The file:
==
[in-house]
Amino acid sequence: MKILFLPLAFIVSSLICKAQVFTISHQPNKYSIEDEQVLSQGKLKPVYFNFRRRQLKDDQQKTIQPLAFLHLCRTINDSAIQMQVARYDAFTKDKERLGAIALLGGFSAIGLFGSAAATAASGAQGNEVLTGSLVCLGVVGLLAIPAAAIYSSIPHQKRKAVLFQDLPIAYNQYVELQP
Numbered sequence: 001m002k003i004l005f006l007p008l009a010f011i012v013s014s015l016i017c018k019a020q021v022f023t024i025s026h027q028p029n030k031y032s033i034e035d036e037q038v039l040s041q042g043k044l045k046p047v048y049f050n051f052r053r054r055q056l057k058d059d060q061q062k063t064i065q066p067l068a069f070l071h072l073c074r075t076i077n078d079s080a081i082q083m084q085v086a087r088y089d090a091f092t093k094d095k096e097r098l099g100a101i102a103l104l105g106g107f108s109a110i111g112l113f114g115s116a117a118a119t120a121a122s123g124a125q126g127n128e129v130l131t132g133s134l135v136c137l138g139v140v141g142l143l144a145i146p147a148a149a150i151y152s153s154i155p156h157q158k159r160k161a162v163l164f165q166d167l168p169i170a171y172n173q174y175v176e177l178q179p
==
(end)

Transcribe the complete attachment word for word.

[in-house]
Amino acid sequence: MKILFLPLAFIVSSLICKAQVFTISHQPNKYSIEDEQVLSQGKLKPVYFNFRRRQLKDDQQKTIQPLAFLHLCRTINDSAIQMQVARYDAFTKDKERLGAIALLGGFSAIGLFGSAAATAASGAQGNEVLTGSLVCLGVVGLLAIPAAAIYSSIPHQKRKAVLFQDLPIAYNQYVELQP
Numbered sequence: 001m002k003i004l005f006l007p008l009a010f011i012v013s014s015l016i017c018k019a020q021v022f023t024i025s026h027q028p029n030k031y032s033i034e035d036e037q038v039l040s041q042g043k044l045k046p047v048y049f050n051f052r053r054r055q056l057k058d059d060q061q062k063t064i065q066p067l068a069f070l071h072l073c074r075t076i077n078d079s080a081i082q083m084q085v086a087r088y089d090a091f092t093k094d095k096e097r098l099g100a101i102a103l104l105g106g107f108s109a110i111g112l113f114g115s116a117a118a119t120a121a122s123g124a125q126g127n128e129v130l131t132g133s134l135v136c137l138g139v140v141g142l143l144a145i146p147a148a149a150i151y152s153s154i155p156h157q158k159r160k161a162v163l164f165q166d167l168p169i170a171y172n173q174y175v176e177l178q179p